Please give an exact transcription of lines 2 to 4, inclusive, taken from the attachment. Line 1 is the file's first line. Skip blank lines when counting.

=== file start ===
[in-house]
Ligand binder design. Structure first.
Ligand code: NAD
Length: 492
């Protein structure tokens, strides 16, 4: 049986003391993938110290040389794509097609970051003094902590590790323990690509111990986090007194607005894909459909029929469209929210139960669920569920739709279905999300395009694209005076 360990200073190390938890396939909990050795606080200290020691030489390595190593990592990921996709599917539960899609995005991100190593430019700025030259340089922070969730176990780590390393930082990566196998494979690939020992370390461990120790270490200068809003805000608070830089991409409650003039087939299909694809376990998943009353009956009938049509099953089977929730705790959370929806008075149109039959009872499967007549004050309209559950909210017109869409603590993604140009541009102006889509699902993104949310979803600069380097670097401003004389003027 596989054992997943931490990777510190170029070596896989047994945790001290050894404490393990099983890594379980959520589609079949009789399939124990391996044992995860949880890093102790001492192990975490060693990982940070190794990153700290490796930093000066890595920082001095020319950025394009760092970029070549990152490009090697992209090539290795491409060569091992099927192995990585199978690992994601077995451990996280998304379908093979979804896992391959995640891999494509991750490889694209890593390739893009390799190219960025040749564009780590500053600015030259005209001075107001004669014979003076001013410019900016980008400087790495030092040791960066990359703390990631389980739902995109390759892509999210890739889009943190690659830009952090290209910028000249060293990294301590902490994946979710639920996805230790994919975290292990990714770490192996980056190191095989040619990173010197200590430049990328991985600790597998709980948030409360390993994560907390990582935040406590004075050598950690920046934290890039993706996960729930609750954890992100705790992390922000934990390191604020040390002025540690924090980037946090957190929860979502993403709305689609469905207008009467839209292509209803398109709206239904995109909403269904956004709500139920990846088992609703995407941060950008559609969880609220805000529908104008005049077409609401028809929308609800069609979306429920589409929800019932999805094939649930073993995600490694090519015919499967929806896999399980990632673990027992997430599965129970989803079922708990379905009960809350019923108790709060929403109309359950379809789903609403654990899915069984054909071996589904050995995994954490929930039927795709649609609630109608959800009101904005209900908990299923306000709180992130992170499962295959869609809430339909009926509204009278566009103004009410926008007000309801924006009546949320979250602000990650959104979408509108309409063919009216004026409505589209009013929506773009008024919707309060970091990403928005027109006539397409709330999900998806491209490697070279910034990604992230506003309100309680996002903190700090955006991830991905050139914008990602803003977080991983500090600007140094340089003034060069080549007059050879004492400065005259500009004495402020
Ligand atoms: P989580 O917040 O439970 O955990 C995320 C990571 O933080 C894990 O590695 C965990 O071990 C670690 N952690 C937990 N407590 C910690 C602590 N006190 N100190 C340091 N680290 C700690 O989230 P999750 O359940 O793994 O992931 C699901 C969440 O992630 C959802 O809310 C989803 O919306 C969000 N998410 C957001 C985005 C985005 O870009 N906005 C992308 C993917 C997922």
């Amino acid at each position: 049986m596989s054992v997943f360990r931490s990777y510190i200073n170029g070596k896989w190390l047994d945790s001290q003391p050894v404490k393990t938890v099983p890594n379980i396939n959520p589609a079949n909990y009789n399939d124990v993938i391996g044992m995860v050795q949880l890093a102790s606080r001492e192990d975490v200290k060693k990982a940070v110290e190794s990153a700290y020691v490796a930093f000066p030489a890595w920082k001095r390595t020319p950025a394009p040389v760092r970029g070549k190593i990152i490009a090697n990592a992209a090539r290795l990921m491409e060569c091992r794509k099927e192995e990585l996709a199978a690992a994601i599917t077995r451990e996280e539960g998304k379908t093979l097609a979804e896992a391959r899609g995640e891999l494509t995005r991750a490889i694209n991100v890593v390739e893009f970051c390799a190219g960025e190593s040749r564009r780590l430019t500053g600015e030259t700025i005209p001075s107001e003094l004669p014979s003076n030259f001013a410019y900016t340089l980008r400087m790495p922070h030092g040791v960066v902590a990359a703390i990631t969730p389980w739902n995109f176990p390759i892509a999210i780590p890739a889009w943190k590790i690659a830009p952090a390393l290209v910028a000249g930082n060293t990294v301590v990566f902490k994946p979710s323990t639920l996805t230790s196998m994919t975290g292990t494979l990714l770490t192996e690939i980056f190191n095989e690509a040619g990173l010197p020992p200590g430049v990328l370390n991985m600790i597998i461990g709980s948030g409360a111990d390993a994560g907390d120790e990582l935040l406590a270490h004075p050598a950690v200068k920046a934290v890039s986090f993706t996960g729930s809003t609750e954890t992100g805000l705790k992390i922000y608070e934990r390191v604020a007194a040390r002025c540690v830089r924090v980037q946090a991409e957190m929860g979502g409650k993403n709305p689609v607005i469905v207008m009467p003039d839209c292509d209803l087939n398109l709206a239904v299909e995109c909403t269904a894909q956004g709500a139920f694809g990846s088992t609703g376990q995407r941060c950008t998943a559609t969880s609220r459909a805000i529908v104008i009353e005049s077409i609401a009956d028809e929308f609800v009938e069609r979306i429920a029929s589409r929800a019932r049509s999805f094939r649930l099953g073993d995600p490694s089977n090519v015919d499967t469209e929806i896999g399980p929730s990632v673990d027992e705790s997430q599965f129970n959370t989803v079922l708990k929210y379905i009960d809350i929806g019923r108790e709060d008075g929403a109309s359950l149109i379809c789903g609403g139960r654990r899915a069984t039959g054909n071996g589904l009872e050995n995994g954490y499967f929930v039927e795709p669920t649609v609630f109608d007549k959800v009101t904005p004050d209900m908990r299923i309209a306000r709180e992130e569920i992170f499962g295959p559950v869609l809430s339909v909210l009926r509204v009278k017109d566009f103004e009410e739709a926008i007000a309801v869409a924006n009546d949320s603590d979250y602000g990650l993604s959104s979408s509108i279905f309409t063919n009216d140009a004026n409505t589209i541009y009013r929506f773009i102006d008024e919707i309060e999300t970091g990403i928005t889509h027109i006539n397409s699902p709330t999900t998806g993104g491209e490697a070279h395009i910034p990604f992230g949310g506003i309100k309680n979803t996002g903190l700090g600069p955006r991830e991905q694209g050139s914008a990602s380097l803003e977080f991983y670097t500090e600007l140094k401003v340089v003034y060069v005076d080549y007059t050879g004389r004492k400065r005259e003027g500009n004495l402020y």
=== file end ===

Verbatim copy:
Ligand binder design. Structure first.
Ligand code: NAD
Length: 492